Research report

It’s complicated: Leveraged loans and the LIBOR transition

A deep dive into challenges facing the loan market as SOFR’s incorporation gains momentum.

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March 23, 2021 | 12 minute read

A series co-authored by Lara Rhame, Chief U.S. Economist at FS Investments, and Tal Reback, Principal at KKR

The global transition away from LIBOR is progressing, but while some market segments have already embraced SOFR, other markets remain behind. In this note, we cover two topics: First, we discuss the implications of the recent USD LIBOR extension. Second, we focus on leveraged loans, a critical area which has so far been slower to address the fact that global markets are leaving LIBOR.

Business loans are an integral part of the U.S. economy and impact a significant group of small and medium-sized issuers who, unlike large corporations, may not have direct access to the capital markets. Bloomberg estimates that $4.7 trillion worth of business loans are tied to LIBOR. This includes $3.4 trillion in loans for revolving credit facilities and term loans to investment-grade (“IG”) companies, most of which are held on bank balance sheets.1 Here, we will focus on the sub-IG part of the syndicated loan market, commonly referred to as leveraged loans, which has become an important asset class for many fixed income investors. The leveraged loan market came onto the scene in the mid-1980s and helped fuel the leveraged buyout boom that swept Wall Street during that period. Since then, the market has grown to ~$1.2 trillion and in the last 10 years has averaged ~10.5% annual growth.2

Nearly all leveraged loans pay a floating rate coupon tied to LIBOR, putting the asset class particularly top of mind in the transition away from LIBOR. With a keen focus on a smooth and orderly transition for the financial system and capital markets, regulators announced on November 30, 2020, that they would consult on extending the cessation date of USD LIBOR only to provide the legacy cash market additional time to naturally roll down exposure and navigate an extremely complex process. Meanwhile, the industry deadline for banks to stop using LIBOR in new loans continues to draw nearer, and the market has yet to see new SOFR loan issuance.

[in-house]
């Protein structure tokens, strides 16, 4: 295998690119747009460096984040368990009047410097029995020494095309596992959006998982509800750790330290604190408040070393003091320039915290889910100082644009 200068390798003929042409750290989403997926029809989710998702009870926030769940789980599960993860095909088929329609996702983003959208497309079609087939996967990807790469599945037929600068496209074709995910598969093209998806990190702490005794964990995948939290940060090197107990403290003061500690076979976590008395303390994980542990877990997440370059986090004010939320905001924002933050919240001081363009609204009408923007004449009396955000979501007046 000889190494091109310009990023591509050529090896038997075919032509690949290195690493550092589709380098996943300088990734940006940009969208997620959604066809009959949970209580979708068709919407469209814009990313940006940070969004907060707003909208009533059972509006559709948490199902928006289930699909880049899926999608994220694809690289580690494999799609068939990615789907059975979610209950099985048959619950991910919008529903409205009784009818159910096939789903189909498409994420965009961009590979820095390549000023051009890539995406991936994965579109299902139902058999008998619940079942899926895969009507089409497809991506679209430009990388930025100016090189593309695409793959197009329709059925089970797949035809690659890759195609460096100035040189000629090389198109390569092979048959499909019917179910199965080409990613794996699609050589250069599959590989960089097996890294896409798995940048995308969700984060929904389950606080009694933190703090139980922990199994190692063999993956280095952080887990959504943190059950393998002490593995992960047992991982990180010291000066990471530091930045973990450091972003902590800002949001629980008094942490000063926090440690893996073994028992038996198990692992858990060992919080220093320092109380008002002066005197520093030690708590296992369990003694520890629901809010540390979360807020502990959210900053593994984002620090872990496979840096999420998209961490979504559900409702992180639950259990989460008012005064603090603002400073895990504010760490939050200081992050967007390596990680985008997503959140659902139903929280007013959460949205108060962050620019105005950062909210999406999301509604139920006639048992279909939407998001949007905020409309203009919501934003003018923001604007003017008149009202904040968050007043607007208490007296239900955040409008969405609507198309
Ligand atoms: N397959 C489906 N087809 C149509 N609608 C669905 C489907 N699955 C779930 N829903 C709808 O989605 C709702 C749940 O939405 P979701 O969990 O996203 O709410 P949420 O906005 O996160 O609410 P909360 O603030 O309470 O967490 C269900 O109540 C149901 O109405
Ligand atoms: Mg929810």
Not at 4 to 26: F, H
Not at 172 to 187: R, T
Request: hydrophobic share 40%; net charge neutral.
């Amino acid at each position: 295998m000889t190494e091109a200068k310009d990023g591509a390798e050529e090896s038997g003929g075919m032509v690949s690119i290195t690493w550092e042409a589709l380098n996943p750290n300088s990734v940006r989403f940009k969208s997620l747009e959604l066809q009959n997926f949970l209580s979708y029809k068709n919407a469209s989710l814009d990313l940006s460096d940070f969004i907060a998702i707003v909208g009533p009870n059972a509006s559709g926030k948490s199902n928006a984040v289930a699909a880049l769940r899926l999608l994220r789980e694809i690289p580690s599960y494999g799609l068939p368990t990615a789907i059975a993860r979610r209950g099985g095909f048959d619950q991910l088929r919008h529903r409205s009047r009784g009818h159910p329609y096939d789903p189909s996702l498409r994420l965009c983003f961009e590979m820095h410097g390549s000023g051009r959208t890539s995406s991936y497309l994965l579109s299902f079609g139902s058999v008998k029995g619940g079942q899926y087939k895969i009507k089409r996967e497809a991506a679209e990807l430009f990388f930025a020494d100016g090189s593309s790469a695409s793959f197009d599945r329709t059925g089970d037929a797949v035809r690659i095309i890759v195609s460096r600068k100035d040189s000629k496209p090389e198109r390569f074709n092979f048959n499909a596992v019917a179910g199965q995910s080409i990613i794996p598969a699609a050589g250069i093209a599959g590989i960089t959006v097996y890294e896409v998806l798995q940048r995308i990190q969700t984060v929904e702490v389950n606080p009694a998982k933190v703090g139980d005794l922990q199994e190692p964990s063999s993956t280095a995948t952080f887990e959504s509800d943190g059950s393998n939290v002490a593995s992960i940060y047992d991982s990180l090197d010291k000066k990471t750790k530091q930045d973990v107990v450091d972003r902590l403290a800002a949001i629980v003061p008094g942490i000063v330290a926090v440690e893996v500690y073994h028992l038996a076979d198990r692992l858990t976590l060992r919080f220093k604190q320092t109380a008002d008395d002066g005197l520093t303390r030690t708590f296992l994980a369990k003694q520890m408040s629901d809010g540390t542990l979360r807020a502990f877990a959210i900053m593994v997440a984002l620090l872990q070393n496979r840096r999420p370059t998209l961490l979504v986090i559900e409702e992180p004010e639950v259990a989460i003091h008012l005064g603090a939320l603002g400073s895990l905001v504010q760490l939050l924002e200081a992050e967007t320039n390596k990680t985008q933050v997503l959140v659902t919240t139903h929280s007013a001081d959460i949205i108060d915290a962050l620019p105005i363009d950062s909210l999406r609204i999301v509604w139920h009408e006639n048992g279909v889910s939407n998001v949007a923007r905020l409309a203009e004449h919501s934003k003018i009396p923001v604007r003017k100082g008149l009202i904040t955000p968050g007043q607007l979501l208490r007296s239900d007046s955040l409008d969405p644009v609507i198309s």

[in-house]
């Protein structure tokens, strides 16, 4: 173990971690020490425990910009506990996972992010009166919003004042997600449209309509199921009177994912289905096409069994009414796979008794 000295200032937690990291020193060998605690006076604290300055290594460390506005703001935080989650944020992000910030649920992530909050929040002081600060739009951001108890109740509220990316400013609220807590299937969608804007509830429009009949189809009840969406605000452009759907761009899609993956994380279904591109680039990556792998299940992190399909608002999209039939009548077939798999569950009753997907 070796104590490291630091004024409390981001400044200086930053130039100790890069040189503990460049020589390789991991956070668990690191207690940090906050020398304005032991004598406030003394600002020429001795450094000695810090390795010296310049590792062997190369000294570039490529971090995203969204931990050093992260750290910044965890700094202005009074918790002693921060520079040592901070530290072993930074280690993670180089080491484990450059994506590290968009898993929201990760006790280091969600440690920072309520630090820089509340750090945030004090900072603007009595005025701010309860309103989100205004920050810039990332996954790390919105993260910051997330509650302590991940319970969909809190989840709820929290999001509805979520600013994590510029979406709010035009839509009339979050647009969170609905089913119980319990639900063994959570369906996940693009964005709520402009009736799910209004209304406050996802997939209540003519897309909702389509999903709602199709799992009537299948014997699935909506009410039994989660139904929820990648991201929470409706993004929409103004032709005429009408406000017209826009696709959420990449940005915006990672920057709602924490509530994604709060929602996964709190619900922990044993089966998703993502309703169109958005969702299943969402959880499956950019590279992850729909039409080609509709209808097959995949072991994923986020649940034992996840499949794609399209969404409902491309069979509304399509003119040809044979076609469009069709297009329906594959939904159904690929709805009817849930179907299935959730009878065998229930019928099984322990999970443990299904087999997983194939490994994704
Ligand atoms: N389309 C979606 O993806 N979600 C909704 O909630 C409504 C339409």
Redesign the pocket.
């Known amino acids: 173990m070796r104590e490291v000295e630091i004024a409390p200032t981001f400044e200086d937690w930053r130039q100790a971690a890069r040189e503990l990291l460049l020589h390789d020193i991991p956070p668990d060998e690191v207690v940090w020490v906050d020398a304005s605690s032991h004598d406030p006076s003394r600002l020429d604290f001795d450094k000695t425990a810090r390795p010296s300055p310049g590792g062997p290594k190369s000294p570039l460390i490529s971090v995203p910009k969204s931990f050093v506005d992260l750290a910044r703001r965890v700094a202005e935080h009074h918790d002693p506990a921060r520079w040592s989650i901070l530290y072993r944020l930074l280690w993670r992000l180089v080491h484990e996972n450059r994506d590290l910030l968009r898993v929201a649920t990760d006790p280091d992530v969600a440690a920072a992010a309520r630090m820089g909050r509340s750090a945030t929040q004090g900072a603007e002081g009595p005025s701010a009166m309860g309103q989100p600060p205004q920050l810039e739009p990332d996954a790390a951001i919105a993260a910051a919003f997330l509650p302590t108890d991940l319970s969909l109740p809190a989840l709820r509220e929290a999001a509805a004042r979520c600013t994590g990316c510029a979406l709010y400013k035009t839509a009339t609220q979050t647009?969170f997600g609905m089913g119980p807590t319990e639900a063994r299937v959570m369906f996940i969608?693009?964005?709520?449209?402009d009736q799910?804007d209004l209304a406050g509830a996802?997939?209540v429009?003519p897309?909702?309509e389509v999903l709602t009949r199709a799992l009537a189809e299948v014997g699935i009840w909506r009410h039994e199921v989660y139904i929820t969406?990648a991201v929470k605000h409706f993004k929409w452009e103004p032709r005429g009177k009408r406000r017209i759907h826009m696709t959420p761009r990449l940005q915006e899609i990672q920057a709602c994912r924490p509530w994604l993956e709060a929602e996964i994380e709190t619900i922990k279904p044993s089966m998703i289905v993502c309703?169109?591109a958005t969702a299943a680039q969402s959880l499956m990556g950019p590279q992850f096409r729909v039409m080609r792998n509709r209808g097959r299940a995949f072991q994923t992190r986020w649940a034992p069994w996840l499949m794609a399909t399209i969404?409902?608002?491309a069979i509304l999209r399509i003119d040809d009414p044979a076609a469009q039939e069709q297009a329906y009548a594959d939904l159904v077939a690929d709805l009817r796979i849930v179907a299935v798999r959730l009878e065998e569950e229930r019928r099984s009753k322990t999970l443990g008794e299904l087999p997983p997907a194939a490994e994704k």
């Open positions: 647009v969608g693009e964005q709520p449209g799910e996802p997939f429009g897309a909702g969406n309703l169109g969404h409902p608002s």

Total leveraged loans outstanding

Source: S&P Market Intelligence, as of February 28, 2021.

Key takeaways
  • USD LIBOR was granted an 18-month extension to ensure markets have ample time to incorporate robust fallback language into existing financial contracts, such as loans.
  • Regulators have made it clear that while USD LIBOR will be quoted until June 2023, the rate should not be utilized in any new contracts after 2021.
  • While issuance of SOFR-linked debt by GSEs and banks continues to grow, the leveraged loan market has been slower to embrace the rate.
  • A “trigger event” on March 5 marked the official beginning of the end for LIBOR, providing clarity and a sense of urgency for the loan market. 

  • Bloomberg Finance, L.P.

  • S&P/LSTA Leveraged Loan Index.

This information is educational in nature and does not constitute a financial promotion, investment advice or an inducement or incitement to participate in any product, offering or investment. FS Investments is not adopting, making a recommendation for or endorsing any investment strategy or particular security. All views, opinions and positions expressed herein are that of the author and do not necessarily reflect the views, opinions or positions of FS Investments. All opinions are subject to change without notice, and you should always obtain current information and perform due diligence before participating in any investment. FS Investments does not provide legal or tax advice and the information herein should not be considered legal or tax advice. Tax laws and regulations are complex and subject to change, which can materially impact any investment result. FS Investments cannot guarantee that the information herein is accurate, complete, or timely. FS Investments makes no warranties with regard to such information or results obtained by its use, and disclaims any liability arising out of your use of, or any tax position taken in reliance on, such information.

Any projections, forecasts and estimates contained herein are based upon certain assumptions that the author considers reasonable. Projections are necessarily speculative in nature, and it can be expected that some or all of the assumptions underlying the projections will not materialize or will vary significantly from actual results. The inclusion of projections herein should not be regarded as a representation or guarantee regarding the reliability, accuracy or completeness of the information contained herein, and neither FS Investments nor the author are under any obligation to update or keep current such information.

All investing is subject to risk, including the possible loss of the money you invest.

Lara Rhame

Chief U.S. Economist + Managing Director

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